Everyone who is anyone in the business world is likely to have a profile on LinkedIn. It does pay to have a profile on LinkedIn because more than a quarter of the people on the site are senior executives, with every Fortune 500 company represented. LinkedIn is not just used for job hunting, but more and more people are turning to the site to research before sales calls, asking for advice, and compiling information on companies or individuals and clients.
People are no longer relying on traditional avenues to seek employment, such as sending out resumes or CV’s to companies and agencies, or applying to jobs advertised in local or national newspaper job classification sections. Instead, people are being enterprising and inventive in seeking employment through other channels, such as social networking sites LinkedIn.
The rules of job hunting have changed considerably since bygone days when the process was more formal, secretive and reactive, and the candidates were more passive. Instead, as a result of technological innovations, social changes, changes in the workplace and globalisation, individuals are more empowered due to their ability to connect with others at a click of a button.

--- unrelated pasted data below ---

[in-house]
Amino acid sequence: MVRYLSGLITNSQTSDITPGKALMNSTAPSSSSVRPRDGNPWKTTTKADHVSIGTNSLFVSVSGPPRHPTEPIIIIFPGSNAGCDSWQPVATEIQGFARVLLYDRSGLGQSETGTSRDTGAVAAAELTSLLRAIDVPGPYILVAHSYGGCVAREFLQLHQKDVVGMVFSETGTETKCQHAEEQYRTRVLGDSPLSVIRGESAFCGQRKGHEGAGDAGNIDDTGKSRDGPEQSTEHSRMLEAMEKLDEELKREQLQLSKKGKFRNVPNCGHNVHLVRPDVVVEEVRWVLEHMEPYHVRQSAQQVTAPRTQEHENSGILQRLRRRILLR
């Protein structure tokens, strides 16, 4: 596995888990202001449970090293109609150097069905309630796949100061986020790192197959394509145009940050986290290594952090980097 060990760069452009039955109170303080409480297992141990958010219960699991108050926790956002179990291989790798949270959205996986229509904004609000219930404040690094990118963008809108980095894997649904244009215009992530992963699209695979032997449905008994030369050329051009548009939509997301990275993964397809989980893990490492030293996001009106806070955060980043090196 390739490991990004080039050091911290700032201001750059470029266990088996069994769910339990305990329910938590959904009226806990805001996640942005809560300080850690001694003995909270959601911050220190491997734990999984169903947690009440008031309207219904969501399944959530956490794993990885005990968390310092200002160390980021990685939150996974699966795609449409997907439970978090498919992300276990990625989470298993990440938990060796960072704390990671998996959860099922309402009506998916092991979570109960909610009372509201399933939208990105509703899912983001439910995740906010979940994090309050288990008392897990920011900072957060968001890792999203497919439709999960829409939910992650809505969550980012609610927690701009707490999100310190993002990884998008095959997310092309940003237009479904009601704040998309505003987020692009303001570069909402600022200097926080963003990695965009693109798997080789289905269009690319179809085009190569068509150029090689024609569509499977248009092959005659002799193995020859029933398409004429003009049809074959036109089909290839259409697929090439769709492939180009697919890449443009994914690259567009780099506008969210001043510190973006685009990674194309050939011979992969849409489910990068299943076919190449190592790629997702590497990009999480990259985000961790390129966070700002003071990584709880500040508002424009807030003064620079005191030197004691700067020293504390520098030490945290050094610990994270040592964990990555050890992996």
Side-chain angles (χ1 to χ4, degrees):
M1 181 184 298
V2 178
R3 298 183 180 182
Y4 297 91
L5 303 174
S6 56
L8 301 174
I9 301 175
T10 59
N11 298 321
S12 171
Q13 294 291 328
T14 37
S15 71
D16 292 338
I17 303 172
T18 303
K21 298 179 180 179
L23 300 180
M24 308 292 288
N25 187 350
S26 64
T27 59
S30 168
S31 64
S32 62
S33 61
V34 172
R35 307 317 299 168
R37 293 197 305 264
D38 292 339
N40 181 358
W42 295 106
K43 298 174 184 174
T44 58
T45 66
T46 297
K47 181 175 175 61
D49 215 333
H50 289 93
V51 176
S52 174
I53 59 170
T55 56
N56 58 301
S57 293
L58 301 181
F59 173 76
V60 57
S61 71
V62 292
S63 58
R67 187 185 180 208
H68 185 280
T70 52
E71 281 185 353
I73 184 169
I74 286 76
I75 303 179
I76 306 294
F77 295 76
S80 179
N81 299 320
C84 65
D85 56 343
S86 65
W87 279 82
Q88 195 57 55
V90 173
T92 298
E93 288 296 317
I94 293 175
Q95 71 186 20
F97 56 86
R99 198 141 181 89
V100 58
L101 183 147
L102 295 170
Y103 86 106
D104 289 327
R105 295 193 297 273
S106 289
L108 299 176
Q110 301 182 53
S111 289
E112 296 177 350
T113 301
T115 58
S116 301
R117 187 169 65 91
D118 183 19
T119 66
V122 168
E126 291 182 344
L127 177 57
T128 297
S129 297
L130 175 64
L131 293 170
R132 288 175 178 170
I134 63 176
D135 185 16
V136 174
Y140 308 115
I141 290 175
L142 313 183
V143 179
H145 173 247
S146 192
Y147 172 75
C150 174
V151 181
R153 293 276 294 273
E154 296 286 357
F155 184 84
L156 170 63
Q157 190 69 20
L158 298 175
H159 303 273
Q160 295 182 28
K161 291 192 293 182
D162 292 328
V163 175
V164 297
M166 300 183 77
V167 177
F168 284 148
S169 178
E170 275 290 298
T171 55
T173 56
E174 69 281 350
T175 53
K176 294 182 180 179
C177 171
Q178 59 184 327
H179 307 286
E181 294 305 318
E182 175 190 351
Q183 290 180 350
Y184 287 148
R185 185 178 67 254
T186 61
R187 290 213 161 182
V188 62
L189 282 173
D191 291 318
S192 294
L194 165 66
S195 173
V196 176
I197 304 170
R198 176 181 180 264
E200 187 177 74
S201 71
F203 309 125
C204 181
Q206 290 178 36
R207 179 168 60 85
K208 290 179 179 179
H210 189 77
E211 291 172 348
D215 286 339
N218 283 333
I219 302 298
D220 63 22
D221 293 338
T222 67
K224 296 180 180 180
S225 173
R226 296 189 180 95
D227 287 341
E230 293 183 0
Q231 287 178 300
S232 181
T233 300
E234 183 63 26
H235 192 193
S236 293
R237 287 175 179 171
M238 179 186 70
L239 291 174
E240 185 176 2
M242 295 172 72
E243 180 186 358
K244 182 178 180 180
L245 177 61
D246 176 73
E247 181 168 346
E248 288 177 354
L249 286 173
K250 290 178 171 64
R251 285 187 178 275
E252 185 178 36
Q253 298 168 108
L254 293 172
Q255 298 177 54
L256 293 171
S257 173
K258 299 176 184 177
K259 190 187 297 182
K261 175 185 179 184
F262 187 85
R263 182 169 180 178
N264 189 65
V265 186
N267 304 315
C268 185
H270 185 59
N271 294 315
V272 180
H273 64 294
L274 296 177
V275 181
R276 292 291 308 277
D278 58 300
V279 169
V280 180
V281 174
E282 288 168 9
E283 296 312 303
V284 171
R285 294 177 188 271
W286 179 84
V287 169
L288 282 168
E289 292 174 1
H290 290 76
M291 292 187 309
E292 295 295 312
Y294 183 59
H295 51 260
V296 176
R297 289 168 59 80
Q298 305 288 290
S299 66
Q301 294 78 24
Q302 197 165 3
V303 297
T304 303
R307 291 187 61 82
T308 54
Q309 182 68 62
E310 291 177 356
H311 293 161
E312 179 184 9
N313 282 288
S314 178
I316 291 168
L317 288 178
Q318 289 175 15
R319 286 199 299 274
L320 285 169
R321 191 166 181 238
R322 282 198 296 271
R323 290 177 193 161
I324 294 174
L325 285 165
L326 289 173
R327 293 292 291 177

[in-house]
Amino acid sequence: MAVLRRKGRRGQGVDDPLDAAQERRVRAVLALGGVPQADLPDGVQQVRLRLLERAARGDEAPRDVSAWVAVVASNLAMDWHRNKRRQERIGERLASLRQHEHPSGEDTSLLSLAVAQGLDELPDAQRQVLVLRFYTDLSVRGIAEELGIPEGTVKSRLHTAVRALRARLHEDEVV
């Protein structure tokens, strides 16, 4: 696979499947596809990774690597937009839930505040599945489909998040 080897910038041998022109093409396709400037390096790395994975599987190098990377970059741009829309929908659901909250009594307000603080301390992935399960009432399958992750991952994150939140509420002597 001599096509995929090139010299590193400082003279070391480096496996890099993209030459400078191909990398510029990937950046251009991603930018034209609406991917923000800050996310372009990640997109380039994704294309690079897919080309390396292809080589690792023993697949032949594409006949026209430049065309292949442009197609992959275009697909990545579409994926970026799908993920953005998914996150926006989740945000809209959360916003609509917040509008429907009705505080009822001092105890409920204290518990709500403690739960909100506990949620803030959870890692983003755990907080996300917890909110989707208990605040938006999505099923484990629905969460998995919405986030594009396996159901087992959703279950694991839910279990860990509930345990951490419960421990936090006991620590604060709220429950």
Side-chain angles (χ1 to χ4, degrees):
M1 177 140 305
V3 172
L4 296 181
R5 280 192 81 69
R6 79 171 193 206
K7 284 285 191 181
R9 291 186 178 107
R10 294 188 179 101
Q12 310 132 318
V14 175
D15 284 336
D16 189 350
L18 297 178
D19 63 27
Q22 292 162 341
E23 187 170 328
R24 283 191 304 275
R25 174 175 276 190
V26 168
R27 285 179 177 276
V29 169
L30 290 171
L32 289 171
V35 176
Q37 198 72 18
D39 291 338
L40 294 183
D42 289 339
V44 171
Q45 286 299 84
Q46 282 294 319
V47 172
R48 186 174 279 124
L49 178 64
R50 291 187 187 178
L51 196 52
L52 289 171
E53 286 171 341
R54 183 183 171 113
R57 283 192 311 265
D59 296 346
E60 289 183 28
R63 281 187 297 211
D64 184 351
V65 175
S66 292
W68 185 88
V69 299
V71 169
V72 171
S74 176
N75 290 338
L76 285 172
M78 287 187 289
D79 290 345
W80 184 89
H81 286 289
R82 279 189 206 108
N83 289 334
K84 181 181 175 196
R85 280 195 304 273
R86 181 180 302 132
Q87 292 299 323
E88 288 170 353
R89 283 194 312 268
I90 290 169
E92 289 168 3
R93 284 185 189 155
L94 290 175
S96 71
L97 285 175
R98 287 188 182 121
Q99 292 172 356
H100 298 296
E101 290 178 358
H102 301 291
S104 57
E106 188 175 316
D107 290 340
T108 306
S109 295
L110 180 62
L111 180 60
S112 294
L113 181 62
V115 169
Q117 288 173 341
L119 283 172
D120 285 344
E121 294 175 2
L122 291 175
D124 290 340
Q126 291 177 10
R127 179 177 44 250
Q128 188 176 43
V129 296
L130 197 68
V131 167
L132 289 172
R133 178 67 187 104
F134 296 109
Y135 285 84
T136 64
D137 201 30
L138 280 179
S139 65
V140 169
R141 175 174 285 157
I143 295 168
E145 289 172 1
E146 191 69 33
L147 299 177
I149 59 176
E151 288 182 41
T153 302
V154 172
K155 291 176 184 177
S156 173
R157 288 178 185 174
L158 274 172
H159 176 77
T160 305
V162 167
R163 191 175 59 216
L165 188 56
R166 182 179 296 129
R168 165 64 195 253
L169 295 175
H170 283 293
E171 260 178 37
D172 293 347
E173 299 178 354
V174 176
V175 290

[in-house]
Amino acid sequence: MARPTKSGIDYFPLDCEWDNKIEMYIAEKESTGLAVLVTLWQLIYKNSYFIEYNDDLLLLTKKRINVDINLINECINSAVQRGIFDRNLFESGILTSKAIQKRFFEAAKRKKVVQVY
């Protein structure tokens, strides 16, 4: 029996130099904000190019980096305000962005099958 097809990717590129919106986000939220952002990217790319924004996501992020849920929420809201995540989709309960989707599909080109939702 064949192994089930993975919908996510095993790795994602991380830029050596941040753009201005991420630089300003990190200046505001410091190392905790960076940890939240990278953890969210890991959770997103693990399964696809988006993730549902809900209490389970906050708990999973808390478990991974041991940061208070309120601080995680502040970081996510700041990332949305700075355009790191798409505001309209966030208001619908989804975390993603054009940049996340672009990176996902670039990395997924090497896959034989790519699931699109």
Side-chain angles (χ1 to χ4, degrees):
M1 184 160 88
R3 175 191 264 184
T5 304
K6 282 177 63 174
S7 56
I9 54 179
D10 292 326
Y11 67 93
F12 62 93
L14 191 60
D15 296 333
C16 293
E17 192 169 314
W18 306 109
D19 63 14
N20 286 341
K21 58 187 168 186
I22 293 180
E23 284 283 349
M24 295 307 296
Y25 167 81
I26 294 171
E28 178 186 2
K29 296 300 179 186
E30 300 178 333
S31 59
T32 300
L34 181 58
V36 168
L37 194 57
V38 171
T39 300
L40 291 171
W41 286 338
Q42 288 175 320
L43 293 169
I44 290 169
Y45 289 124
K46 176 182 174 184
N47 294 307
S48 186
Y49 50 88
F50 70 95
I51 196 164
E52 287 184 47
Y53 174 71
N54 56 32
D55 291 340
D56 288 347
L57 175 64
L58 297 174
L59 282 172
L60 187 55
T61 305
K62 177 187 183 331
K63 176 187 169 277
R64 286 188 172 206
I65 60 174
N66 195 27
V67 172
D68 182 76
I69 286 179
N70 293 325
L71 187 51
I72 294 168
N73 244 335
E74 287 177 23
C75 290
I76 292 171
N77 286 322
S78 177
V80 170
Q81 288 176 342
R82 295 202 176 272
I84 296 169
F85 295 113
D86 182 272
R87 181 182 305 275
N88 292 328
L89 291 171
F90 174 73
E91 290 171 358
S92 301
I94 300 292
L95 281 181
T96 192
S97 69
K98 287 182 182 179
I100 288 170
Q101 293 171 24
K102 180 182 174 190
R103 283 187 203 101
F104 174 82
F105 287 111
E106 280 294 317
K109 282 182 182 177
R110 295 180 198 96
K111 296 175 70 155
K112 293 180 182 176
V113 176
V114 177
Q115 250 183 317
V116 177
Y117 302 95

Facebook for Grownups
LinkedIn is also known as the “Facebook for grownups” and it gained momentum since its inception over a decade ago. Its founder, Reid Hoffman, believed LinkedIn would provide a unique professional platform for millions of people across the world. At present, the professional networking site has over 60 million profiles and there are ambitious plans to move the platform into more ambitious and profitable territories.
Facebook created headlines for social networking, but LinkedIn is now making global headlines. A recent article in Fortune Magazine, How LinkedIn Will Fire up Your Career, highlights the example of the accounting and consulting firm, Accenture, who believes 40% of their new hires over the next five years, will come from social networking sites such as LinkedIn.